Above are more photos of the wonderful artwork and carving in the church we were at for the latest concert. It is in Holborn in London and very High Church. I love looking at old churches and especially stain glass windows.

Monday, May 10, 2010

Dyeing n Stuff

First: Some knitting. This is my latest attempt at a Forest Canopy Shawl. My first try was more of a thicket and wouldn't fit an wood nymph!! This one is being knitted on 5mm circular needles using Regia Hand-dyed effect sock yarn. So far, so good but I hate the yarn : ( It is plied with a black thread and I just don't like the result. When I get it finished I will be looking for a new home for it and making myself one in yarn I like.

Now for the dyeing: Below is a photo of my front room completely obscured by 3 x 7 metre pieces of cotton lawn which I have dyed with Dylon Machine dyes. They are to make DH 3 pair of pyjamas. Shop pyjamas leave him with a cold back and ankles cos he is so flipping tall - so I have offered to make him some custom fit ones. The red in the middle is much more burgundy but my camera is sulking and wont play properly.
Finally, I went to see the Urologist today and they are going to operate in the next few weeks. I am happy that it will soon be over, but terrified of the anaesthetic as, years ago I saw a documentary where someone was awake during their operation but unable to move or speak. I hope I wont cry and make a complete idiot of myself : (

Thursday, May 6, 2010

The Woodyard part 2

The Wood yard is HUGE - once you have signed in at reception, they assign you someone to take you round to find your wood and help you choose it. There are thousands of piles of wood in hundreds of varieties - and it is only hardwood as they don't sell softwood!!
He goes off and fetches our log of wood in this special side loading fork lift machine thingy (technical term LOL), and then places it on the ground in the wood yard outside.

Each plank is then carefully sorted through, the good ones are kept, and the bad ones are discarded. Its a bit like sorting through a fleece. We just take what we want, rather than buying the whole tree.
We took DS with us this time and DH introduced him to the mysteries of the grain and density of the wood. DH and the wood yard man had deep discussions about the merits of each plank, which made me very confused as it all looked the same to me, but they seemed to understand it all!!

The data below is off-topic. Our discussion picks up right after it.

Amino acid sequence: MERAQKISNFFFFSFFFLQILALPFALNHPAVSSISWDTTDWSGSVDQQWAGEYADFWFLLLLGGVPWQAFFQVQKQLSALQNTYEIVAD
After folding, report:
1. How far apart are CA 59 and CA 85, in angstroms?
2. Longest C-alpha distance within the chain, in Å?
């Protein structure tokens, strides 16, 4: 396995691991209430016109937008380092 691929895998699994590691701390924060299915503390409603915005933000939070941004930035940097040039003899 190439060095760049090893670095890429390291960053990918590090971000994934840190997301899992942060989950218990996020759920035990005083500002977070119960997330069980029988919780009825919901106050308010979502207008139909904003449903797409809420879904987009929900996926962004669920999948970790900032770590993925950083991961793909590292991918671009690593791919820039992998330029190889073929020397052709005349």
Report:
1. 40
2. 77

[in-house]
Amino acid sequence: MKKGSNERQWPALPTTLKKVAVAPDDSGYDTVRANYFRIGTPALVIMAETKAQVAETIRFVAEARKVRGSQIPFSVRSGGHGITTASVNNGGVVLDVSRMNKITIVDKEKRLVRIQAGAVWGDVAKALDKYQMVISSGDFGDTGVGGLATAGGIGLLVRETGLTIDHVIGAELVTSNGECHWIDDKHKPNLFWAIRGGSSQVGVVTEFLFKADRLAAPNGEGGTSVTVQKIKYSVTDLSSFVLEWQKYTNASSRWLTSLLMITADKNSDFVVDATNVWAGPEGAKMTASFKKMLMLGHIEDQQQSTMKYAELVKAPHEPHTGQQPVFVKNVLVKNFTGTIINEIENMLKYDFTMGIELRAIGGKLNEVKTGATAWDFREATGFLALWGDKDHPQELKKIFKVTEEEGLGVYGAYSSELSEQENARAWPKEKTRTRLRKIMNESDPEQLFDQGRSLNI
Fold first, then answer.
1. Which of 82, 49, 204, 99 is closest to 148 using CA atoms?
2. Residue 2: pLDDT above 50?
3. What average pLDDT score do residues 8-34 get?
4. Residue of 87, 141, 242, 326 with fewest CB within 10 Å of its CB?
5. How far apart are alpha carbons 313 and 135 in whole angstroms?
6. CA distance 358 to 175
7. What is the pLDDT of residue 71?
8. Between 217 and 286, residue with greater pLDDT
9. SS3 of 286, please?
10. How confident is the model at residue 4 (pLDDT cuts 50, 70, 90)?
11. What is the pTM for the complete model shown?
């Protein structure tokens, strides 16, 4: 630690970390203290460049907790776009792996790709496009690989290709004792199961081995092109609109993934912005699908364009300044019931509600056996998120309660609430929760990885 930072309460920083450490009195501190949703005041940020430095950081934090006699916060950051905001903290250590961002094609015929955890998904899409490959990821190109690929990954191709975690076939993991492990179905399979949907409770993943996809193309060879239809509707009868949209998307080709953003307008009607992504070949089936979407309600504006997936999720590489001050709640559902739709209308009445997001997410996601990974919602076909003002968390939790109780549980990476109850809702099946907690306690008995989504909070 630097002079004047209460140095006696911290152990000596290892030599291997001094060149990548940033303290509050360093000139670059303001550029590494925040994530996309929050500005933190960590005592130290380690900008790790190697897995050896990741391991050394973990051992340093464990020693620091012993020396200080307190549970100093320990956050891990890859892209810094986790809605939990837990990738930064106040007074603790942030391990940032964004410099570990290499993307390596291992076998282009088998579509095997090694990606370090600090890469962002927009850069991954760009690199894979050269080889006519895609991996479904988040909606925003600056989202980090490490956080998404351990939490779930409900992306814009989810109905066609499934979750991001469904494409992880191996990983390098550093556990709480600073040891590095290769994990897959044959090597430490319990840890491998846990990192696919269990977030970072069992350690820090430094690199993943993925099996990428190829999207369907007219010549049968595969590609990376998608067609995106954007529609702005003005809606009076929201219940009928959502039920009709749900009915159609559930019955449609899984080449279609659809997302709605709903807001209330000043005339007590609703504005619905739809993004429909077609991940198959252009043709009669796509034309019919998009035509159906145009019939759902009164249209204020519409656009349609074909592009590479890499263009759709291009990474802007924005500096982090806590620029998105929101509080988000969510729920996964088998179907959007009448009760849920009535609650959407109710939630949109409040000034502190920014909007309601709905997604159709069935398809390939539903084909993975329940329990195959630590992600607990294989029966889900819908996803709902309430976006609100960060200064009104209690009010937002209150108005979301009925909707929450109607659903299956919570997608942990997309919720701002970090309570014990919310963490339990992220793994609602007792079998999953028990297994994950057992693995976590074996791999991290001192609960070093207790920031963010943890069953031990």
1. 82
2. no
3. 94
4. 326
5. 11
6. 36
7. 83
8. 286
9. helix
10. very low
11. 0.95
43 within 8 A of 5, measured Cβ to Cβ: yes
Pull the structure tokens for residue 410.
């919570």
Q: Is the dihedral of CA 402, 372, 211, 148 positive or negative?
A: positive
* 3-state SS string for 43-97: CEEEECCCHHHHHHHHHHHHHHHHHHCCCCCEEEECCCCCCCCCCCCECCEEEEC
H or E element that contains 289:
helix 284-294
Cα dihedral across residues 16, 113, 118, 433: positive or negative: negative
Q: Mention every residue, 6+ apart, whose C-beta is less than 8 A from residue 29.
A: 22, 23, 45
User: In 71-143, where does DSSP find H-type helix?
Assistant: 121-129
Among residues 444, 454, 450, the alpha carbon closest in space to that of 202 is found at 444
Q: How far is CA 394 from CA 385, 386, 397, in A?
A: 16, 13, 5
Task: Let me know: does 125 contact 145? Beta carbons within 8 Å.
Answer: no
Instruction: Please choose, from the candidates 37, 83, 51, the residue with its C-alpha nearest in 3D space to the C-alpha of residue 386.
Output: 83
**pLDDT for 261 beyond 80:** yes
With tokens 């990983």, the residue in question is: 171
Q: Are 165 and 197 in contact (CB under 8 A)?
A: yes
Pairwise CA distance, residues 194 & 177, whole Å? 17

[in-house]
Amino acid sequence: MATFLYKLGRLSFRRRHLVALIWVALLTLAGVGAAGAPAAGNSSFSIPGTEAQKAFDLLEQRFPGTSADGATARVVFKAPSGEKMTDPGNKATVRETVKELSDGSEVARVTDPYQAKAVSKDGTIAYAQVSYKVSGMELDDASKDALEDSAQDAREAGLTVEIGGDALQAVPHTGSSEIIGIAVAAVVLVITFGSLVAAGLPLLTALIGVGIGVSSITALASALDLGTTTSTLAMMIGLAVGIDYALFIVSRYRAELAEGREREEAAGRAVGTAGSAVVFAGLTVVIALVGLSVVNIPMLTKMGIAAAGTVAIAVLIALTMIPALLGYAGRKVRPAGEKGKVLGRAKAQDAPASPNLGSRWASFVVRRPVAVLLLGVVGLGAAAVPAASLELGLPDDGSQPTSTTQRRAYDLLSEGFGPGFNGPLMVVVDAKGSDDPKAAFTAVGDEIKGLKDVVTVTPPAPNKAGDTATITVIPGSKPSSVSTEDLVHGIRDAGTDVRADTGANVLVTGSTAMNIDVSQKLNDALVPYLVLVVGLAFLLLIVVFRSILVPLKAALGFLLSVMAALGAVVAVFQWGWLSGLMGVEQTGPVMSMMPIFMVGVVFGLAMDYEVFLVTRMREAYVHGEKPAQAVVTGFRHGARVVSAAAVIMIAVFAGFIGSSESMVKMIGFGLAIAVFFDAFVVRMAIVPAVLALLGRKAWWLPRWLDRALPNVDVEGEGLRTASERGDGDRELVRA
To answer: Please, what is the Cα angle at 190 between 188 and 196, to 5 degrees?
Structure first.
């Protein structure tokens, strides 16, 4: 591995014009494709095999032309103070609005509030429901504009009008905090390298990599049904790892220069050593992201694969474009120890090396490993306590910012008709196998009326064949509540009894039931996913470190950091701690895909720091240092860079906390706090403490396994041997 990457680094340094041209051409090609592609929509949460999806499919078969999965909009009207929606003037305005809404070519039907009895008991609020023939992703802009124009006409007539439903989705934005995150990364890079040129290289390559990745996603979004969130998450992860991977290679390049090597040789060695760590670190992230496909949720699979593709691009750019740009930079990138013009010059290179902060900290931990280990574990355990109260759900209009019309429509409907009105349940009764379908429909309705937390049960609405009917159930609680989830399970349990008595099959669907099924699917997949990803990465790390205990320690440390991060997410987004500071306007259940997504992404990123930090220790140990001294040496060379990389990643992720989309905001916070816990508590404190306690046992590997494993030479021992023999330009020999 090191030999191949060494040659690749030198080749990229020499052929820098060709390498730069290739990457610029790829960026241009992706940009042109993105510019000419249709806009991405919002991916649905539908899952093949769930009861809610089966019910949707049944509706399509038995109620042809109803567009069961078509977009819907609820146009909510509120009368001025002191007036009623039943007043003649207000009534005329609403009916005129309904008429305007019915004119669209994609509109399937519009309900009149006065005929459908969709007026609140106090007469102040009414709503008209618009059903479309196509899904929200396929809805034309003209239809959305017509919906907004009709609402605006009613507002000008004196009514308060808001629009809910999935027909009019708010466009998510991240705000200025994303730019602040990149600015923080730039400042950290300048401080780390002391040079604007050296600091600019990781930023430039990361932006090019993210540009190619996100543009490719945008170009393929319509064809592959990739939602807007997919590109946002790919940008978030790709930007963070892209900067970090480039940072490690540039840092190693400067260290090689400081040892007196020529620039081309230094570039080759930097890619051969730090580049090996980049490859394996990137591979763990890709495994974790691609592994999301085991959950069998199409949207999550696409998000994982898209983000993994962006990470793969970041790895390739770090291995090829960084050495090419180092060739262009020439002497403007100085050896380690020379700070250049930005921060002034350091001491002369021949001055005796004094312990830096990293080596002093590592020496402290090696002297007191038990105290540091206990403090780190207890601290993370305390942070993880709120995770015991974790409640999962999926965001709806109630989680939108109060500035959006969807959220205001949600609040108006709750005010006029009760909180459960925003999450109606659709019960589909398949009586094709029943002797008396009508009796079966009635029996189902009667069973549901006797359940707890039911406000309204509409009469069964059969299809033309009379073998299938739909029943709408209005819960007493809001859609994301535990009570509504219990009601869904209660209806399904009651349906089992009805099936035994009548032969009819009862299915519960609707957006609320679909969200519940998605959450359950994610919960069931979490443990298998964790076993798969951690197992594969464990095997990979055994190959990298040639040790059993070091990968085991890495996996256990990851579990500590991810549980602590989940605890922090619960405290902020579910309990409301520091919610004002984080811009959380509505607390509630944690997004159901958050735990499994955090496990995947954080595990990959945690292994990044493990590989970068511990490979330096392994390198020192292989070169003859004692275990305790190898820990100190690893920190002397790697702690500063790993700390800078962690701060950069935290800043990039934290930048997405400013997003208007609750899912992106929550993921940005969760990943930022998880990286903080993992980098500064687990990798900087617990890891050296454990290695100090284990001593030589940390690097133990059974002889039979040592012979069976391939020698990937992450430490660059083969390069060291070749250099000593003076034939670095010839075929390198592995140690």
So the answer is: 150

Apparently good wood has a well defined grain, with the rings close together. This means it is very strong.

So we left with about 60 cubic feet of wood to make lots of lovely swifts and nostepinnes, and I was happy to collapse in a pub in the afternoon and relax.
Of course, when the wood is delivered, we have to spend 3 days cutting it into blocks, but I don't have to think about that just now : )

The Woodyard part 1

As blogger still wont let me put up my Wood yard post all in one, I have split it into 2 posts. This first photo shows the 'pedigree' of the wood they stock. It is all responsibly sourced and stamped so none of it is illegal or endangered woods.
The second photo shows how they take a whole tree, then slice it up into the thickness customers require. Thin batons are then placed between each slice and it is kiln dried to prevent warping and cracking. We selected an English Ash tree this time to make swifts from. The Ash is very dense and hard, but has pretty markings (figuring) on the wood so it is attractive to look at but strong too. We often use Beech and Sycamore for the same reason.

The blocks of wood below have been cut from Oak and are destined for a childrens play area. I found it interesting that the wood can be cut to most sizes a customer desires - truly a personal service : )

After kiln-drying, the wood is placed in huge barns to keep them dry and let the air circulate. As you can see, different trees have been cut to different thicknesses. Our Ash tree has been cut to 1 1/4" and 2" thicknesses for the arms and blocks needed for swifts. The offcuts from the arms make the pegs so nothing is wasted.

More on selecting our wood on the next post : )